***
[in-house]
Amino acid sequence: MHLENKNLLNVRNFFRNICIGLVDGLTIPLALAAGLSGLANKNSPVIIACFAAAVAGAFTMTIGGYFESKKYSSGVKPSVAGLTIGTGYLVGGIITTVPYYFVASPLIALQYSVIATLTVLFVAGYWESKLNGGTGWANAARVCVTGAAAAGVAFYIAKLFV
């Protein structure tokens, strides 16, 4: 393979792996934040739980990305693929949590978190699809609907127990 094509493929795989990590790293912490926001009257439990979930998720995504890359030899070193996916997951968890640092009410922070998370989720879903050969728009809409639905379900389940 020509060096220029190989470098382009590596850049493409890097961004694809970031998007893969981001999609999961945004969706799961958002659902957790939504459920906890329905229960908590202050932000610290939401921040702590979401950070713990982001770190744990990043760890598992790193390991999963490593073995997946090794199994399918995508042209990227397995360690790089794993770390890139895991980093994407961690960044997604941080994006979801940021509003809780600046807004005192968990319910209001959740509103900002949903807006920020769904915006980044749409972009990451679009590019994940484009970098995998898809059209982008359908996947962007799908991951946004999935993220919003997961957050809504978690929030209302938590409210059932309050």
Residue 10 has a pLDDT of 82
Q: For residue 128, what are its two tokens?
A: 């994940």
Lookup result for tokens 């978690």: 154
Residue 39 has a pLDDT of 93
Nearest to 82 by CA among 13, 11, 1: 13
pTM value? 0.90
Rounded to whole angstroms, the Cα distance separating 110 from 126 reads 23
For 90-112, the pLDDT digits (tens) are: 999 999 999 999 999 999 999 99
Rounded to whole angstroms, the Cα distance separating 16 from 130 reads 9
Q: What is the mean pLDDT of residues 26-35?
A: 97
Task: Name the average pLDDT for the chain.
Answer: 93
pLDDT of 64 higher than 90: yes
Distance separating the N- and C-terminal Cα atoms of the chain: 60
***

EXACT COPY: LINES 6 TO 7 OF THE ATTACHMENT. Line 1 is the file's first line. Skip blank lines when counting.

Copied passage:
A: 């994940």
Lookup result for tokens 């978690």: 154